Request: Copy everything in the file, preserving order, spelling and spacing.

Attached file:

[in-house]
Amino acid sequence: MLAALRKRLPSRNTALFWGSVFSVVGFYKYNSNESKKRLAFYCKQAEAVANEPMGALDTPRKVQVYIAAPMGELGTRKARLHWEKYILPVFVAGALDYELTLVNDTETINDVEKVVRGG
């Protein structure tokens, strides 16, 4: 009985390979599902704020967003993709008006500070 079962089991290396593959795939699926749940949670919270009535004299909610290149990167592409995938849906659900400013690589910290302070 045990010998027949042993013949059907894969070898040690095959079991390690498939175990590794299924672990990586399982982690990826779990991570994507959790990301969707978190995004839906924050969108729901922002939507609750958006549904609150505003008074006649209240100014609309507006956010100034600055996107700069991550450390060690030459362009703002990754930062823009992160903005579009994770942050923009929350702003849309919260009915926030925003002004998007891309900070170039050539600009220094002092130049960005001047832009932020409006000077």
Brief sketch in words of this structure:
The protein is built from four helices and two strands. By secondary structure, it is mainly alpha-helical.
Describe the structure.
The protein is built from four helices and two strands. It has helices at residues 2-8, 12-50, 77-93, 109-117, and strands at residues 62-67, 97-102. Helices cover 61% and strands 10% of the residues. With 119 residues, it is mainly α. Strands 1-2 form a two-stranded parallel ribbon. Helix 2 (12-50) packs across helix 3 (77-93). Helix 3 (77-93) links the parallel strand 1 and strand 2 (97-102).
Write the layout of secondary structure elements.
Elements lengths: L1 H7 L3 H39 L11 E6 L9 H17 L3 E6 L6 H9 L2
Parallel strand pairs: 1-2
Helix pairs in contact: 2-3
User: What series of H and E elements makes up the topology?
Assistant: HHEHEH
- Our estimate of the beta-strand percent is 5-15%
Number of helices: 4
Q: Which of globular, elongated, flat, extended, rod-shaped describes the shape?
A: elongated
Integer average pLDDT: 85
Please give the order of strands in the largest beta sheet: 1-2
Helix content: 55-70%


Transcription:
[in-house]
Amino acid sequence: MLAALRKRLPSRNTALFWGSVFSVVGFYKYNSNESKKRLAFYCKQAEAVANEPMGALDTPRKVQVYIAAPMGELGTRKARLHWEKYILPVFVAGALDYELTLVNDTETINDVEKVVRGG
């Protein structure tokens, strides 16, 4: 009985390979599902704020967003993709008006500070 079962089991290396593959795939699926749940949670919270009535004299909610290149990167592409995938849906659900400013690589910290302070 045990010998027949042993013949059907894969070898040690095959079991390690498939175990590794299924672990990586399982982690990826779990991570994507959790990301969707978190995004839906924050969108729901922002939507609750958006549904609150505003008074006649209240100014609309507006956010100034600055996107700069991550450390060690030459362009703002990754930062823009992160903005579009994770942050923009929350702003849309919260009915926030925003002004998007891309900070170039050539600009220094002092130049960005001047832009932020409006000077």
Brief sketch in words of this structure:
The protein is built from four helices and two strands. By secondary structure, it is mainly alpha-helical.
Describe the structure.
The protein is built from four helices and two strands. It has helices at residues 2-8, 12-50, 77-93, 109-117, and strands at residues 62-67, 97-102. Helices cover 61% and strands 10% of the residues. With 119 residues, it is mainly α. Strands 1-2 form a two-stranded parallel ribbon. Helix 2 (12-50) packs across helix 3 (77-93). Helix 3 (77-93) links the parallel strand 1 and strand 2 (97-102).
Write the layout of secondary structure elements.
Elements lengths: L1 H7 L3 H39 L11 E6 L9 H17 L3 E6 L6 H9 L2
Parallel strand pairs: 1-2
Helix pairs in contact: 2-3
User: What series of H and E elements makes up the topology?
Assistant: HHEHEH
- Our estimate of the beta-strand percent is 5-15%
Number of helices: 4
Q: Which of globular, elongated, flat, extended, rod-shaped describes the shape?
A: elongated
Integer average pLDDT: 85
Please give the order of strands in the largest beta sheet: 1-2
Helix content: 55-70%